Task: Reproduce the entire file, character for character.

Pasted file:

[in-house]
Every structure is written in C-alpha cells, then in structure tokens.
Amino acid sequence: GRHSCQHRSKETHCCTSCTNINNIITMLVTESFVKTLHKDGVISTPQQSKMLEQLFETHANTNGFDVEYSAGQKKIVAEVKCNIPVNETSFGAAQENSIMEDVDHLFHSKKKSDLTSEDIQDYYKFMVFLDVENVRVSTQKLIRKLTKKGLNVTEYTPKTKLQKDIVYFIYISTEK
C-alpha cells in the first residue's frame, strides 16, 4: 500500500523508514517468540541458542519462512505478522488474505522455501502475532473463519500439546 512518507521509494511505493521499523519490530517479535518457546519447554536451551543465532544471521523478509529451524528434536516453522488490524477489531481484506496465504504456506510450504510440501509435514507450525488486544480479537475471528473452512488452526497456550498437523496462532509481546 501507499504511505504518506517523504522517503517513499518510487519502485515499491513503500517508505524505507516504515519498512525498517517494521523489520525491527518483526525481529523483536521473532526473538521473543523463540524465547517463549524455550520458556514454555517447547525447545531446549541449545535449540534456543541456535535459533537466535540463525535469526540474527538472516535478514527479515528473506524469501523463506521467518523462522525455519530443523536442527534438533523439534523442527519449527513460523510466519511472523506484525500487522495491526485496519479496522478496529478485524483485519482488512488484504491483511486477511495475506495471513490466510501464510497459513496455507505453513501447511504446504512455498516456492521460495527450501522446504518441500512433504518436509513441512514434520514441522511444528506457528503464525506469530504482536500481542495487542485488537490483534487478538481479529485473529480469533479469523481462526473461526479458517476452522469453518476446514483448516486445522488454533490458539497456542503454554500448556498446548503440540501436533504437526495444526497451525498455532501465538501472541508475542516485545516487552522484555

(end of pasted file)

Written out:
[in-house]
Every structure is written in C-alpha cells, then in structure tokens.
Amino acid sequence: GRHSCQHRSKETHCCTSCTNINNIITMLVTESFVKTLHKDGVISTPQQSKMLEQLFETHANTNGFDVEYSAGQKKIVAEVKCNIPVNETSFGAAQENSIMEDVDHLFHSKKKSDLTSEDIQDYYKFMVFLDVENVRVSTQKLIRKLTKKGLNVTEYTPKTKLQKDIVYFIYISTEK
C-alpha cells in the first residue's frame, strides 16, 4: 500500500523508514517468540541458542519462512505478522488474505522455501502475532473463519500439546 512518507521509494511505493521499523519490530517479535518457546519447554536451551543465532544471521523478509529451524528434536516453522488490524477489531481484506496465504504456506510450504510440501509435514507450525488486544480479537475471528473452512488452526497456550498437523496462532509481546 501507499504511505504518506517523504522517503517513499518510487519502485515499491513503500517508505524505507516504515519498512525498517517494521523489520525491527518483526525481529523483536521473532526473538521473543523463540524465547517463549524455550520458556514454555517447547525447545531446549541449545535449540534456543541456535535459533537466535540463525535469526540474527538472516535478514527479515528473506524469501523463506521467518523462522525455519530443523536442527534438533523439534523442527519449527513460523510466519511472523506484525500487522495491526485496519479496522478496529478485524483485519482488512488484504491483511486477511495475506495471513490466510501464510497459513496455507505453513501447511504446504512455498516456492521460495527450501522446504518441500512433504518436509513441512514434520514441522511444528506457528503464525506469530504482536500481542495487542485488537490483534487478538481479529485473529480469533479469523481462526473461526479458517476452522469453518476446514483448516486445522488454533490458539497456542503454554500448556498446548503440540501436533504437526495444526497451525498455532501465538501472541508475542516485545516487552522484555